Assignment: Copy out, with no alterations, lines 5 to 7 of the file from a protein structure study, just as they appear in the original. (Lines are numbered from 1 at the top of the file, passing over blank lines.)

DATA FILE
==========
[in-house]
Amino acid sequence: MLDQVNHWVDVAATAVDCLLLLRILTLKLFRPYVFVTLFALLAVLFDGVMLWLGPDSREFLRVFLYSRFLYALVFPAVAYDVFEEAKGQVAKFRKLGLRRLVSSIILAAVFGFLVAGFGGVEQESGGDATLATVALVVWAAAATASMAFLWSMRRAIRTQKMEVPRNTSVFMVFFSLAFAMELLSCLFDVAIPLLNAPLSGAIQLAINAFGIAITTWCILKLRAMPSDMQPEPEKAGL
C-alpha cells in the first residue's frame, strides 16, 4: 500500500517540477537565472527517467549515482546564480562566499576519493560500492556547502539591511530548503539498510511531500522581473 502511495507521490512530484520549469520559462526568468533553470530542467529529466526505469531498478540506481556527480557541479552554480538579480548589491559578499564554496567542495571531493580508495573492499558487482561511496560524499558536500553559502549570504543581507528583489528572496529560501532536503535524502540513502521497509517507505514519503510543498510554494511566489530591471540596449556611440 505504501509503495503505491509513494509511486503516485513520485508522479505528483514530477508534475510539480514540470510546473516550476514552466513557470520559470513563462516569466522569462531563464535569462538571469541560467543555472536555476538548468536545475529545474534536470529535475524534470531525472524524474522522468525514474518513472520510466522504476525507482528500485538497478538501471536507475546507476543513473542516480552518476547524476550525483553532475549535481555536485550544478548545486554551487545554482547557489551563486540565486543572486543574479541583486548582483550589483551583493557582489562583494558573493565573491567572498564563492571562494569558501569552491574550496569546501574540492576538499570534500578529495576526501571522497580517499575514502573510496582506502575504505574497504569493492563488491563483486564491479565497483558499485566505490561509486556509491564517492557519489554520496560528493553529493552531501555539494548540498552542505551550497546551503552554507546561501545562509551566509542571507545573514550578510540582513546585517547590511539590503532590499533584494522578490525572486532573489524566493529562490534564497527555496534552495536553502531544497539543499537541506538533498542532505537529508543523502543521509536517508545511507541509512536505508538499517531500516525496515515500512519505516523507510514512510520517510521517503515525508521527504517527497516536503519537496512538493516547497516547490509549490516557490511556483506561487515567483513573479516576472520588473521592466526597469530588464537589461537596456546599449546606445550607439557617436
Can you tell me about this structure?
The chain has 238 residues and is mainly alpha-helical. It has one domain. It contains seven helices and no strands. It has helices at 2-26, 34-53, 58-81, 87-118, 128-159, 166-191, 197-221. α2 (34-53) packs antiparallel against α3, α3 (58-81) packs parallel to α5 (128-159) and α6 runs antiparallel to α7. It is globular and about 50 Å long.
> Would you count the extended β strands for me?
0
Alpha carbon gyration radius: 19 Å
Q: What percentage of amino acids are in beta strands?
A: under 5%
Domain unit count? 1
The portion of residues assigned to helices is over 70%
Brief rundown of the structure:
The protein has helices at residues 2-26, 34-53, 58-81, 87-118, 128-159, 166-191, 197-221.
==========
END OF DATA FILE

The chain has 238 residues and is mainly alpha-helical. It has one domain. It contains seven helices and no strands. It has helices at 2-26, 34-53, 58-81, 87-118, 128-159, 166-191, 197-221. α2 (34-53) packs antiparallel against α3, α3 (58-81) packs parallel to α5 (128-159) and α6 runs antiparallel to α7. It is globular and about 50 Å long.
> Would you count the extended β strands for me?
0